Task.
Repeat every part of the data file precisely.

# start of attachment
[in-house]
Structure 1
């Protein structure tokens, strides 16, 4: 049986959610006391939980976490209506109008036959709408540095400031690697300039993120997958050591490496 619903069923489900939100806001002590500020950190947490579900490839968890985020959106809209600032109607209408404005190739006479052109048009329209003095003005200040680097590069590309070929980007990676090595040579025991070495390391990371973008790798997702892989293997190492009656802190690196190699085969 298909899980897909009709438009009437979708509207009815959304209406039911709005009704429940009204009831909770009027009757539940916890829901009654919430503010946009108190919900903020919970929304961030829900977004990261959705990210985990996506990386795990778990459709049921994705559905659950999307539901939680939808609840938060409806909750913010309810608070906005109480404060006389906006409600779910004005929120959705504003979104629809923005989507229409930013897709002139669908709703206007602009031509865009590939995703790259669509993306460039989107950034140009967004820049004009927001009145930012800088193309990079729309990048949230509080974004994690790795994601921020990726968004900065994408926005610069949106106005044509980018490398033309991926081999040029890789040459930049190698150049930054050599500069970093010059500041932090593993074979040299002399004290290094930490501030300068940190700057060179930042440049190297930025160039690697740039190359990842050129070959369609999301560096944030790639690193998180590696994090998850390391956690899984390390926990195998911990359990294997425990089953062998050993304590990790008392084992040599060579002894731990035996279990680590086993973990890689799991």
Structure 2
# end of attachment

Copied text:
[in-house]
Structure 1
């Protein structure tokens, strides 16, 4: 049986959610006391939980976490209506109008036959709408540095400031690697300039993120997958050591490496 619903069923489900939100806001002590500020950190947490579900490839968890985020959106809209600032109607209408404005190739006479052109048009329209003095003005200040680097590069590309070929980007990676090595040579025991070495390391990371973008790798997702892989293997190492009656802190690196190699085969 298909899980897909009709438009009437979708509207009815959304209406039911709005009704429940009204009831909770009027009757539940916890829901009654919430503010946009108190919900903020919970929304961030829900977004990261959705990210985990996506990386795990778990459709049921994705559905659950999307539901939680939808609840938060409806909750913010309810608070906005109480404060006389906006409600779910004005929120959705504003979104629809923005989507229409930013897709002139669908709703206007602009031509865009590939995703790259669509993306460039989107950034140009967004820049004009927001009145930012800088193309990079729309990048949230509080974004994690790795994601921020990726968004900065994408926005610069949106106005044509980018490398033309991926081999040029890789040459930049190698150049930054050599500069970093010059500041932090593993074979040299002399004290290094930490501030300068940190700057060179930042440049190297930025160039690697740039190359990842050129070959369609999301560096944030790639690193998180590696994090998850390391956690899984390390926990195998911990359990294997425990089953062998050993304590990790008392084992040599060579002894731990035996279990680590086993973990890689799991």
Structure 2